We had been having some issue with the trot lately, as she wants to only walk or canter.  So at times her trot would be "hoppy" where she would  try to go up into the canter.  She obviously does not know what a half-halt is just yet, so I had been doing my best to push her forward into a trot and maintain it.  I focused on just the walk/trot and trot/walk transitions.  I even stopped cantering for now, because I know she can do it, but I want her to understand that anything faster than a walk does not always have to be a canter.


We began by working on turn on the forehand, as a way to reinforce moving off my leg and connecting to the bit.  She did well, but at first was a little confused and wanted to step back.  That was easily fixed as I kept her in front of my leg.  


She did quite well at the trot, not even once trying to do her hoppy canter thing, which made me pleased.  I told Judy (my instructor) that her trot felt really tiny and choppy to me.  I had been trying to lengthen her stride by sending her forward.  Judy agreed it was a small trot, but that what I needed to do was slow her trot down to allow her to find her balance first.  As she reminded me, we wanted longer NOT faster.  As soon as I thought more about slow and less about forward, her stride lengthened!  She actually has a fluid and comfortable trot and I was happy to see how I could easily improve it.  It felt counter intuitive  to me, but I also have to remember I am riding a green horse again.  I am so used to riding Dreamy.... a horse who knows what all the aids mean and has decent gaits already without me having to do much!  LOL!  Even though I have to still ride Reva like a "big horse" at the same time I have to remember she is unbalanced and young.  


Much of our trot work was interspersed with walk breaks.  Reva is not in good enough shape to have a lesson like Dreamy, of course.  


At the end, I did chose to canter because Judy has a wonderful ring compared to my unlevel field where I ride at home.  To the left, she was great.  She has a clear three beat rhythm and while she is not balanced yet, she is so much further along in her canter work than Dreamy was at this stage.  Her canter is big and is a bit strung out right now, but Judy was still very positive about it.  :)  I have been having trouble getting our right lead, so I was hoping Judy could help with that.  She had me trot tracking to the left, then cross the ring at X as though I was just making a circle to the left.  But before the fence, I changed her bend and asked her to canter on the right lead tracking right.  We tried it a few times, but she insisted on picking up the wrong (left) lead.  Judy had me stop trying and just get the canter one more time to the left on the correct lead, so I did not end on a wrong note.  I asked her what I should do at home.  For now, she wants me to just give the exercise a try a couple of times and stop if it does not work.  There is no use drilling it or worrying about it right now.  She is too green.  As long as she is at least giving me a canter, Judy said not to worry about leads.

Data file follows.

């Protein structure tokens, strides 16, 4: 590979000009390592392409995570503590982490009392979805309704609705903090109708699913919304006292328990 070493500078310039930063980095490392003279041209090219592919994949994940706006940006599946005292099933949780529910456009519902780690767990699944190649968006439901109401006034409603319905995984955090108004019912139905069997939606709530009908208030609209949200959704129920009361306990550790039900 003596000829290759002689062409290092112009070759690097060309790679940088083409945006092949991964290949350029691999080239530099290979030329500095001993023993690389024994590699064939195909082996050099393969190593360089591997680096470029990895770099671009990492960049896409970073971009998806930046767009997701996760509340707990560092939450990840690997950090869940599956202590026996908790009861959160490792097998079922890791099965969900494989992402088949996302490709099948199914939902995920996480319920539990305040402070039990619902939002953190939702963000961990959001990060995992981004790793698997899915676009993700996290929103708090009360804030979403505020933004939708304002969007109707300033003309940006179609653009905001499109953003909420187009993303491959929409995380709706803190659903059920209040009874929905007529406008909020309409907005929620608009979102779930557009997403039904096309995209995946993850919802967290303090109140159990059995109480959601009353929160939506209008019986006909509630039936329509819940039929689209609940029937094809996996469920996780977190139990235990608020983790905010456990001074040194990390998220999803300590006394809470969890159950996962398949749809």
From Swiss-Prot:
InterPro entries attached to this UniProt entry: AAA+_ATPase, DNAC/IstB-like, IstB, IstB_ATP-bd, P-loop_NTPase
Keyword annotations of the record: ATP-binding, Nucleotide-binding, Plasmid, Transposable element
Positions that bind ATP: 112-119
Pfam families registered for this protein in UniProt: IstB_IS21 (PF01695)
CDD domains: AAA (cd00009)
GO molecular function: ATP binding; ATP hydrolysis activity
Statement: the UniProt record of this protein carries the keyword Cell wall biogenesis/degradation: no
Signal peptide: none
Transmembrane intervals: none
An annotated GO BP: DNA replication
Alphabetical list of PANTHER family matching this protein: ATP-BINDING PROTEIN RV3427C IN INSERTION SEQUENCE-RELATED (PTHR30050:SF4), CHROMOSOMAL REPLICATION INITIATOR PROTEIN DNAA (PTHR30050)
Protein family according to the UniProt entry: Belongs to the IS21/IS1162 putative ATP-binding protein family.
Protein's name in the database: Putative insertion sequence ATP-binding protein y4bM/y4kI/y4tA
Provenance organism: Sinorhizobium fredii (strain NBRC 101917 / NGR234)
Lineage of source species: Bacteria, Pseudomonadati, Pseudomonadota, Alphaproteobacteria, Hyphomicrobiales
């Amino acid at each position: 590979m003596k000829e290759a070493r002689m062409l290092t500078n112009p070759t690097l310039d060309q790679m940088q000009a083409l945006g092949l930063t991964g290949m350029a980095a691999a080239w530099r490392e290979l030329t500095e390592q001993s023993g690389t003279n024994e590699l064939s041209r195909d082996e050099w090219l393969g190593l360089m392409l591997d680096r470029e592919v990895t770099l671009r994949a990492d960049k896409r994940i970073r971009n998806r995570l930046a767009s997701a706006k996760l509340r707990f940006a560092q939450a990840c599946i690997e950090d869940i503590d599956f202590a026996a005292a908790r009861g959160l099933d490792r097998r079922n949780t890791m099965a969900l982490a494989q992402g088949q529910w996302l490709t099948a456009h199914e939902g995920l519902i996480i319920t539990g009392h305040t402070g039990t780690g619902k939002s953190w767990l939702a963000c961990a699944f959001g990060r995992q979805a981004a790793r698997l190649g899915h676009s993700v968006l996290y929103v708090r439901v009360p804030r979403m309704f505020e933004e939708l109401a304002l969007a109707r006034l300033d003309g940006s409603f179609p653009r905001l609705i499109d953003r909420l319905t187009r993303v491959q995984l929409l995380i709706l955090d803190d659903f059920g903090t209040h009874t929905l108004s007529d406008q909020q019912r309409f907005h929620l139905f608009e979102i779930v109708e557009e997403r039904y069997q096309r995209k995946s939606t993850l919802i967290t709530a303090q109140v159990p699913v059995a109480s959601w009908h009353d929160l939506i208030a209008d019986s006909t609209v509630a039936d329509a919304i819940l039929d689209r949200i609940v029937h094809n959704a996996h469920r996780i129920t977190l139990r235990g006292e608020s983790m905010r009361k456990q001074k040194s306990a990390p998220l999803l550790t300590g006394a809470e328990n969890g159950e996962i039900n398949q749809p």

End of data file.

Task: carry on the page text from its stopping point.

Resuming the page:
Overall, Reva was excellent for her first lesson.  I wish we had gotten that right lead, but I am going to take Judy's advice and not worry yet.  :)  (That is hard for any of you who know me....LOL!!!)  My goal is to get the right lead correct 80% of the time before snow flies.  :)  Judy was very encouraging of Reva and the progress I have made with her so far.  She gave me a generous compliment when she said at the end that I had two very nice mares, meaning Reva and Dreamy.  :D


I am hoping Reva will make an appearance at a local dressage schooling show later this fall.  She will not be showing yet, but I would take her as "schooling on the grounds" which is half the entry fee for a class (so it would only cost me $10).  I am hoping that if I arrive during the lunch break, they might allow me to ride her into the actual dressage ring.  Probably not, but at least I could ride her in the more active environment of the warm-up arena and general showgrounds.  

Tuesday, August 3, 2010

Dressage on the Seacoast pics!

Here are the professional pics from the UNH dressage show on July 31.  Ignore the god awful one she got just when we picked up the canter.  Yep, Dreamy sometimes will still throw her body and neck after the transition.  Nice....... :P